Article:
The Weekly Ringer

The University of Mary Washington Student Newspaper

Students Occupy BOV Meeting

3 min read

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Occupy Mary Wash made their presence and grievances known to UMW’s Board of Visitors two weekends ago, protesting the lack of direct student representation on the board.

Senior Allie Atkeson, a member of Occupy Mary Wash, said that the main point of these protests were “to let the Board of Visitors know we’re upset that we don’t have a full speaking voice.”

The protests began on Thursday afternoon with Occupy Mary Wash holding a meeting with Dan Steen, the rector on the BOV.

Atkeson said that Steen was open to hearing the students’ concerns.

On Friday afternoon the group gathered outside the Jepson Alumni Executive Center, while the BOV met inside. They chanted “Whose school? Our school. What do you see? BOV. What does it need? You and me.”

The group read a letter addressed to the BOV. They used the “human microphone-technique,” made popular in the national occupy movement. This technique is when one person would recite a line and the rest of the group would repeat it loudly.

The letter to the BOV demanded change and said, “[they] will no longer accept the dictates of an oppressive governing body, nor will we be satisfied with token representation.”

The letter also stated, “We demand transparency. We demand an end to top-down, hierarchical decision-making. We demand voting membership for students, faculty, and staff. We demand that education take priority over commoditized, quantified measures of intelligence.”

Atkeson said that Occupy Mary Wash is holding these occupations at the BOV’s meetings “in hopes that they may engage in a discussion” with the students.

According to UMW’s website, the BOV is made up of “12 members appointed by the Governor of Virginia.”

Some of the BOV’s main responsibilities include appointing the President and fixing faculty salaries and tuition fees.

According to the Code of Virginia, at least six members of the BOV must be alumni and no more that three can be residents of another state.

At this time students can sit in on the BOV meetings but are not allowed to speak up or vote.

“The Occupy students are commended for their commitment to a non-disruptive, yet direct, display of their issues and concerns,” said Steen.

Steen also stated that the UMW BOV has always had non-voting student representation in the form of the SGA President.”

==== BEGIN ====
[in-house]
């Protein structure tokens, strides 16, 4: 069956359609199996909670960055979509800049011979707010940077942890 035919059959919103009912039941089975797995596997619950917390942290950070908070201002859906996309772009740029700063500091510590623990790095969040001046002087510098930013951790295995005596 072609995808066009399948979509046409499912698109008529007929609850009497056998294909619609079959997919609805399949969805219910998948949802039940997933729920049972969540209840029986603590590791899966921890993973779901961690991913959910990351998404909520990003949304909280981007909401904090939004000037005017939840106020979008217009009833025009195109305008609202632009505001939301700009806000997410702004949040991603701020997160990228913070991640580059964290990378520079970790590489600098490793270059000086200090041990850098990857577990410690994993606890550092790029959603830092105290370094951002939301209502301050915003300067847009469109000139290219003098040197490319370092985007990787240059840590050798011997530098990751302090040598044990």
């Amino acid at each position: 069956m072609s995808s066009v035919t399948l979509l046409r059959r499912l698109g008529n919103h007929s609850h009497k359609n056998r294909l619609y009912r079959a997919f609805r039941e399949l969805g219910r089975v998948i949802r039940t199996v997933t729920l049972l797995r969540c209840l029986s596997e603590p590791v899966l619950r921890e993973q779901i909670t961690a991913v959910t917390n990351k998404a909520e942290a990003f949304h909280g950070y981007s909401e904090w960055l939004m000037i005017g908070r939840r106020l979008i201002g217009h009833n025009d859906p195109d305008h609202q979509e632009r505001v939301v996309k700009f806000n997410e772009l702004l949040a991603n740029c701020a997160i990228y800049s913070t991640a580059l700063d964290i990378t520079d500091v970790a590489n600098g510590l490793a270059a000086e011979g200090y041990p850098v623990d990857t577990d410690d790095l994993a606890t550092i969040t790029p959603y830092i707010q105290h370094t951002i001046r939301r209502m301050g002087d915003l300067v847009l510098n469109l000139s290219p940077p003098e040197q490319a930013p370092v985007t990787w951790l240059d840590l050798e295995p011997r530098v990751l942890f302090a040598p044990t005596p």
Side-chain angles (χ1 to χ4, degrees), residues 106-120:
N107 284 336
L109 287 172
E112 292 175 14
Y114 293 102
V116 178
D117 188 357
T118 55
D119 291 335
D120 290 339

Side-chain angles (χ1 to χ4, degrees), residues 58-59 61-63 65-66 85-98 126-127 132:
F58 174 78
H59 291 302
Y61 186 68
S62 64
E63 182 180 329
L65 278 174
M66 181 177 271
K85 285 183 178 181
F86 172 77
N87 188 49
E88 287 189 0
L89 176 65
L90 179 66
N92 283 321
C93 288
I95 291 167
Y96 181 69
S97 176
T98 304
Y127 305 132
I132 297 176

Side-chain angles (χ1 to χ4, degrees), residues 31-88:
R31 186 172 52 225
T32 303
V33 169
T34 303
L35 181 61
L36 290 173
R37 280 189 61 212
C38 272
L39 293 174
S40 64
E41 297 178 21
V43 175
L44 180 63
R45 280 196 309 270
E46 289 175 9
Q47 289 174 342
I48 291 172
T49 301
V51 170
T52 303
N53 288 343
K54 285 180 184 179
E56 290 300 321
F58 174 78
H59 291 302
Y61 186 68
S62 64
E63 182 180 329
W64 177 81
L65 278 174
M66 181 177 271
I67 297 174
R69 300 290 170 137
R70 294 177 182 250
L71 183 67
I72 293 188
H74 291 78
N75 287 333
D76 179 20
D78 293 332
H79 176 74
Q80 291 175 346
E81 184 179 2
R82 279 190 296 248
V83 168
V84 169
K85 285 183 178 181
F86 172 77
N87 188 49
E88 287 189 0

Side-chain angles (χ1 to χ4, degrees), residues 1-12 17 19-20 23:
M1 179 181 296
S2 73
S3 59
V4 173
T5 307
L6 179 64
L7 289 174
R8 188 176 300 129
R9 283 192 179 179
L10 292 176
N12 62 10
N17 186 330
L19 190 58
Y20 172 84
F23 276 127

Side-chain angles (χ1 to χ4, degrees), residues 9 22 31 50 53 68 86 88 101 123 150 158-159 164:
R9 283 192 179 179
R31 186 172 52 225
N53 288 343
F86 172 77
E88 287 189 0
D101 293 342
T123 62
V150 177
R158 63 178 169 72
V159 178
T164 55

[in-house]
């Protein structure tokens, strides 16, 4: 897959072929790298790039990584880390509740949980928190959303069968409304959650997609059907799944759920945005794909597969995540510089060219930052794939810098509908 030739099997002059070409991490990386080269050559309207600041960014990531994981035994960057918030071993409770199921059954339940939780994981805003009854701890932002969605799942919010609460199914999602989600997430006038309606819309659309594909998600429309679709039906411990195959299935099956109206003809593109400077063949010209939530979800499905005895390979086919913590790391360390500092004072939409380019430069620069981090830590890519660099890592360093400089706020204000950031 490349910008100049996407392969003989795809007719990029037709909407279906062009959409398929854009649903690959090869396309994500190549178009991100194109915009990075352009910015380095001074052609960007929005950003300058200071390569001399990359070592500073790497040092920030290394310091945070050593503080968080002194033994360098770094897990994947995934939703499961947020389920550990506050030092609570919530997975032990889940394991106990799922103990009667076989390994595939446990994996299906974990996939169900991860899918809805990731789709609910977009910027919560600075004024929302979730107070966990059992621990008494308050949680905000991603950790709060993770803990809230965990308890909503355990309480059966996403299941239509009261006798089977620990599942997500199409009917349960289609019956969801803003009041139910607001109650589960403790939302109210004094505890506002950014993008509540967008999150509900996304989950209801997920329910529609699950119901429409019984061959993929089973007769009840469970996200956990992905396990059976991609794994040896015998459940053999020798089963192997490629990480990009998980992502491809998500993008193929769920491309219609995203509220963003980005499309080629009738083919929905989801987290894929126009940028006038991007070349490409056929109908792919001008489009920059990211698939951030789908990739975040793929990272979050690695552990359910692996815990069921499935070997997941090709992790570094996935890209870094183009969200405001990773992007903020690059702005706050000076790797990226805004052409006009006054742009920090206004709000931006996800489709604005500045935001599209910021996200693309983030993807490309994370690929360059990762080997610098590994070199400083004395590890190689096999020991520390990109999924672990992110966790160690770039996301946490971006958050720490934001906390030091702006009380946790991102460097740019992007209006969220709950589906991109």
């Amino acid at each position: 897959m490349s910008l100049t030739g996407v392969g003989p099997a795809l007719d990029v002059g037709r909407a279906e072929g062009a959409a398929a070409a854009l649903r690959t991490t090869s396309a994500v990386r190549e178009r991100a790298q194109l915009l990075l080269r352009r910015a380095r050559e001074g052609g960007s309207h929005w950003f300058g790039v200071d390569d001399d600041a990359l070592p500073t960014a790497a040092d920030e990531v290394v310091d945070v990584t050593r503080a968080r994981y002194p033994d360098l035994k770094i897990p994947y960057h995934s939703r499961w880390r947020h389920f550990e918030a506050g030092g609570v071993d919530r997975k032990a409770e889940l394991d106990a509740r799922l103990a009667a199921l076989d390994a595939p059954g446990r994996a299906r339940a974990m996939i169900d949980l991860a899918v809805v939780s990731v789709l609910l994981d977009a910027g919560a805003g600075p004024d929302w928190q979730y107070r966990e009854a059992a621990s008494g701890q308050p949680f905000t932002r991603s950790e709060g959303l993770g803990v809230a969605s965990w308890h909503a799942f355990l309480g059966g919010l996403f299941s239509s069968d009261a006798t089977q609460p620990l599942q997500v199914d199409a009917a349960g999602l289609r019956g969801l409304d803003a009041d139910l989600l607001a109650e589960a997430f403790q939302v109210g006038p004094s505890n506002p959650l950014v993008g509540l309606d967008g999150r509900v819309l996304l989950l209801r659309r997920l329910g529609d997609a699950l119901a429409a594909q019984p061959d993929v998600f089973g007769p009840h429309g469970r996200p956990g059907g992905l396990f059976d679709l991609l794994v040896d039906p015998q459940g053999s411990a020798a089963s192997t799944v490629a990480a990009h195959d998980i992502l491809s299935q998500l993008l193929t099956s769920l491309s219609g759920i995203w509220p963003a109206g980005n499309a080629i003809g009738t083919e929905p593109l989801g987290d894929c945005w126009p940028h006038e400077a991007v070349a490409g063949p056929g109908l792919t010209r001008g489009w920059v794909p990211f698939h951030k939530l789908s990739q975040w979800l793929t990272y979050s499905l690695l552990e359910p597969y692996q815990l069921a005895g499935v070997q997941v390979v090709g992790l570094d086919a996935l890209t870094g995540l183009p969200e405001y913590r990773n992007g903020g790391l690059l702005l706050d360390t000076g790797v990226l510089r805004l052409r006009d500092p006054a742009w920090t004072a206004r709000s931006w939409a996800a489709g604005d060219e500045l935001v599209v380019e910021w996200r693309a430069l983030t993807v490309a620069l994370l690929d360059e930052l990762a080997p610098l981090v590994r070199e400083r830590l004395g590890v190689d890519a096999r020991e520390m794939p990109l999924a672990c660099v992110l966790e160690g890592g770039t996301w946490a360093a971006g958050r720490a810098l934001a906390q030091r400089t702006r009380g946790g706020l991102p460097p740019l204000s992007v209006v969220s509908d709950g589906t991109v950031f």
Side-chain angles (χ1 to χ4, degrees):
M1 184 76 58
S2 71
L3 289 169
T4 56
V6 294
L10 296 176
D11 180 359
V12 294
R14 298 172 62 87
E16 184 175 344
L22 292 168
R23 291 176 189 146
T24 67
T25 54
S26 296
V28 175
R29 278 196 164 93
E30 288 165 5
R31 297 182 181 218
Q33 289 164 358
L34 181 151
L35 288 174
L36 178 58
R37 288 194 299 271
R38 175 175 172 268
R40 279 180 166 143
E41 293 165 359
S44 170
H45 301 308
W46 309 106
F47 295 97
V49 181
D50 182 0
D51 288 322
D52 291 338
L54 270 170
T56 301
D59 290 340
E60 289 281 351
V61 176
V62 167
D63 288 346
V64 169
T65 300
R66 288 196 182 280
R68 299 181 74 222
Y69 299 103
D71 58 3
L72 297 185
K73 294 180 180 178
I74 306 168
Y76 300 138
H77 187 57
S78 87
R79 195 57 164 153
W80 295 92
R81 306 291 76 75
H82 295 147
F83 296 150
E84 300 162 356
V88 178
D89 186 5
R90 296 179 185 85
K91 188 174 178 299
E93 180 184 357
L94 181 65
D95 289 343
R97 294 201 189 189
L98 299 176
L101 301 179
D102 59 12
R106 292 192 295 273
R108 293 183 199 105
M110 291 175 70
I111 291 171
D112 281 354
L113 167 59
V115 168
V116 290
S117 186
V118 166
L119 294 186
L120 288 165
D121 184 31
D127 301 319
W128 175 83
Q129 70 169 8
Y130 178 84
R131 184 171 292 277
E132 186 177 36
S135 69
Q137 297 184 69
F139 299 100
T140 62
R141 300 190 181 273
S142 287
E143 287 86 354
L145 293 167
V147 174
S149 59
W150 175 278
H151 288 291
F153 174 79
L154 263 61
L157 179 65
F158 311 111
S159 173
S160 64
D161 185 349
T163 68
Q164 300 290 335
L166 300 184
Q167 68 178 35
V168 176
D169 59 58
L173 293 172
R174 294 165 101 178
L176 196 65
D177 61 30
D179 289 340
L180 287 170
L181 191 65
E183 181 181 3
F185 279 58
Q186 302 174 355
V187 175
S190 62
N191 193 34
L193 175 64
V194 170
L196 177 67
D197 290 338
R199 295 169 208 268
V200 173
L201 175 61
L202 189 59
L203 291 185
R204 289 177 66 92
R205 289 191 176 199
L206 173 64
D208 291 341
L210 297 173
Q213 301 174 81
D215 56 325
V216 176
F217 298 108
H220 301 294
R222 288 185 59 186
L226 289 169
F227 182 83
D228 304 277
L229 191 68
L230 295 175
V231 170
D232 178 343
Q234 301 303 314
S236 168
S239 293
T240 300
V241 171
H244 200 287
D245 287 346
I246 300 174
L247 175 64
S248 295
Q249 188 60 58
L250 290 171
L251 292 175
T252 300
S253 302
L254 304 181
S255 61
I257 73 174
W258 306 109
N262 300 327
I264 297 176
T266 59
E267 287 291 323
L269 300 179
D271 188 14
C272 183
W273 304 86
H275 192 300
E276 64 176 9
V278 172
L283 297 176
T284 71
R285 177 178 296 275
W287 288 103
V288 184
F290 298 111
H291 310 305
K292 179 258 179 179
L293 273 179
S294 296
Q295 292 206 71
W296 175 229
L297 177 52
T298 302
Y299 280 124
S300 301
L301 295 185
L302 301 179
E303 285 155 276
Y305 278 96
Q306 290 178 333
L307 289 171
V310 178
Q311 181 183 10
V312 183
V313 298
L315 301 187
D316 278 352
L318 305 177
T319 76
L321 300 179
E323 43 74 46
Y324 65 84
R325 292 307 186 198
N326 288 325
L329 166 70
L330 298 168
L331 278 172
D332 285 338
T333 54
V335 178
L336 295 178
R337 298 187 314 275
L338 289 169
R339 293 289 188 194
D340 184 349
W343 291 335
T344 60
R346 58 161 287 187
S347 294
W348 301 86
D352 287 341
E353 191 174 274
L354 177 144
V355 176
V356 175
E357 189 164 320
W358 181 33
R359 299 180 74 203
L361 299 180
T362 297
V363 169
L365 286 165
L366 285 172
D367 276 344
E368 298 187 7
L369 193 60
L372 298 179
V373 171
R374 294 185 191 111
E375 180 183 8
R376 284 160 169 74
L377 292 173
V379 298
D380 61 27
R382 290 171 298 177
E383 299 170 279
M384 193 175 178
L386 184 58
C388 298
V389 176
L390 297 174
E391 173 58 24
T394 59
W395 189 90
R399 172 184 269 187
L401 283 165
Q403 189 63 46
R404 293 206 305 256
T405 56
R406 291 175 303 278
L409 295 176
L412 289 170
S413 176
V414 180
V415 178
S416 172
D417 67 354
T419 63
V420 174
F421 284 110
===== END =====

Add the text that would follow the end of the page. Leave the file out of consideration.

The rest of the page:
“I believe SGA President Ashley Nixon is an effective student representative to the Board. She is an active participant in our meetings,” he said.

“The issue of voting representation by students on the BOV is a state prerogative and any change would have to be addressed at that level, likely through state legislation,” said Steen.

On Saturday morning Occupy Mary Wash marched through Fredericksburg with members of Occupy Richmond up to the Stafford Bridge.

The six members of Occupy Richmond were on a six-day march from Richmond to Washington D.C in solidarity with the march of Occupy Wall Street members to D.C.

One of the Occupy Richmond members, Zach Lewis said that he did the march because he felt it was something positive he could do for the movement. “I believe it’s spreading awareness for Occupy.”

He also spoke highly of the time his group spent at UMW.

“It’s been great to see another occupation,” he said. “Everyone’s been wonderful; no matter where you go, it’s the same great sense of community.”

Professor Nissim-Sabat, a psychology professor here at UMW, attended the rally at the Ridderhoff-Martin Gallery Thursday night, as well as the one downtown on Saturday.

He said he chose to attend because he “supports what Occupy Wall Street and the other occupy movements stand for.”

Prof. Nissim-Sabat said that the issue of trying to have a voting faculty member on the BOV has been a “difficult struggle” over the years.

He said that he agrees with Occupy Mary Wash’s attempt to raise support for social consciousness. He said he found the rallies to be successful in “keeping the issue alive.”

The weekend concluded Saturday afternoon with a final occupation outside the Jepson Alumni Executive Center.

Photo by Emily Montgomery